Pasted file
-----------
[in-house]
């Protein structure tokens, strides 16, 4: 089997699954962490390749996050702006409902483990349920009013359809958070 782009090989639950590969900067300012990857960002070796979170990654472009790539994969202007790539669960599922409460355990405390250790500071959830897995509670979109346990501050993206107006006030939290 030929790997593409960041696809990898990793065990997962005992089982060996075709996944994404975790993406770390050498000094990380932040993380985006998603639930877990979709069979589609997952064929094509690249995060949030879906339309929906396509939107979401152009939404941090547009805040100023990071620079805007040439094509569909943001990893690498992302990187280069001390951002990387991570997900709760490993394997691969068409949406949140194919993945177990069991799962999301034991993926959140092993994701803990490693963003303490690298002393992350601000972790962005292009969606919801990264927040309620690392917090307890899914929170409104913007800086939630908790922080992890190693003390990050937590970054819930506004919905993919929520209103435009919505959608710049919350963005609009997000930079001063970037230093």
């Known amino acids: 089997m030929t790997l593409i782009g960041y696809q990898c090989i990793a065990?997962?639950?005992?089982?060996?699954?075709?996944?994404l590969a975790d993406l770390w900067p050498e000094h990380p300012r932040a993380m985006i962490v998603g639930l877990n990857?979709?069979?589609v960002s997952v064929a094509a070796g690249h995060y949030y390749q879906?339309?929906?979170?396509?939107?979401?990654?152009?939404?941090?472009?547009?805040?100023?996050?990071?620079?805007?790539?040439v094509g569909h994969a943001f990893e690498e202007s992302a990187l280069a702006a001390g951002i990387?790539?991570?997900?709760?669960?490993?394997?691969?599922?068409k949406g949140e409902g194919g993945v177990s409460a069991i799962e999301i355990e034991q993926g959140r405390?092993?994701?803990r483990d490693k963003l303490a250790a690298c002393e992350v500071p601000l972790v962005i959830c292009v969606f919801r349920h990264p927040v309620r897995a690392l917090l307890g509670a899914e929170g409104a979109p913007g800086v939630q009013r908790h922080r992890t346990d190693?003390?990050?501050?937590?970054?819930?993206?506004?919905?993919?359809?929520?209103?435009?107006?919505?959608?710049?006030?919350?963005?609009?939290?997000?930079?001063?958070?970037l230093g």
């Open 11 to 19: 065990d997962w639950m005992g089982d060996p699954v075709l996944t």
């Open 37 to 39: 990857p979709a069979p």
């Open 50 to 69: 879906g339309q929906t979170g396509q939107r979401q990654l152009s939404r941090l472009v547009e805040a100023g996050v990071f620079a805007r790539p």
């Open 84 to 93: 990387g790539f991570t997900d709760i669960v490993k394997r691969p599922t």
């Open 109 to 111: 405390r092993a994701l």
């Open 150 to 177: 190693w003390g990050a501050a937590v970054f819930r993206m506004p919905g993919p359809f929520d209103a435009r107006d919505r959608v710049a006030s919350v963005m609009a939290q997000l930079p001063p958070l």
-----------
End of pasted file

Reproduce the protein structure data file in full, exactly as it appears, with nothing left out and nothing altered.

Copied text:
[in-house]
């Protein structure tokens, strides 16, 4: 089997699954962490390749996050702006409902483990349920009013359809958070 782009090989639950590969900067300012990857960002070796979170990654472009790539994969202007790539669960599922409460355990405390250790500071959830897995509670979109346990501050993206107006006030939290 030929790997593409960041696809990898990793065990997962005992089982060996075709996944994404975790993406770390050498000094990380932040993380985006998603639930877990979709069979589609997952064929094509690249995060949030879906339309929906396509939107979401152009939404941090547009805040100023990071620079805007040439094509569909943001990893690498992302990187280069001390951002990387991570997900709760490993394997691969068409949406949140194919993945177990069991799962999301034991993926959140092993994701803990490693963003303490690298002393992350601000972790962005292009969606919801990264927040309620690392917090307890899914929170409104913007800086939630908790922080992890190693003390990050937590970054819930506004919905993919929520209103435009919505959608710049919350963005609009997000930079001063970037230093």
């Known amino acids: 089997m030929t790997l593409i782009g960041y696809q990898c090989i990793a065990?997962?639950?005992?089982?060996?699954?075709?996944?994404l590969a975790d993406l770390w900067p050498e000094h990380p300012r932040a993380m985006i962490v998603g639930l877990n990857?979709?069979?589609v960002s997952v064929a094509a070796g690249h995060y949030y390749q879906?339309?929906?979170?396509?939107?979401?990654?152009?939404?941090?472009?547009?805040?100023?996050?990071?620079?805007?790539?040439v094509g569909h994969a943001f990893e690498e202007s992302a990187l280069a702006a001390g951002i990387?790539?991570?997900?709760?669960?490993?394997?691969?599922?068409k949406g949140e409902g194919g993945v177990s409460a069991i799962e999301i355990e034991q993926g959140r405390?092993?994701?803990r483990d490693k963003l303490a250790a690298c002393e992350v500071p601000l972790v962005i959830c292009v969606f919801r349920h990264p927040v309620r897995a690392l917090l307890g509670a899914e929170g409104a979109p913007g800086v939630q009013r908790h922080r992890t346990d190693?003390?990050?501050?937590?970054?819930?993206?506004?919905?993919?359809?929520?209103?435009?107006?919505?959608?710049?006030?919350?963005?609009?939290?997000?930079?001063?958070?970037l230093g």
């Open 11 to 19: 065990d997962w639950m005992g089982d060996p699954v075709l996944t």
């Open 37 to 39: 990857p979709a069979p």
């Open 50 to 69: 879906g339309q929906t979170g396509q939107r979401q990654l152009s939404r941090l472009v547009e805040a100023g996050v990071f620079a805007r790539p």
């Open 84 to 93: 990387g790539f991570t997900d709760i669960v490993k394997r691969p599922t």
């Open 109 to 111: 405390r092993a994701l």
């Open 150 to 177: 190693w003390g990050a501050a937590v970054f819930r993206m506004p919905g993919p359809f929520d209103a435009r107006d919505r959608v710049a006030s919350v963005m609009a939290q997000l930079p001063p958070l």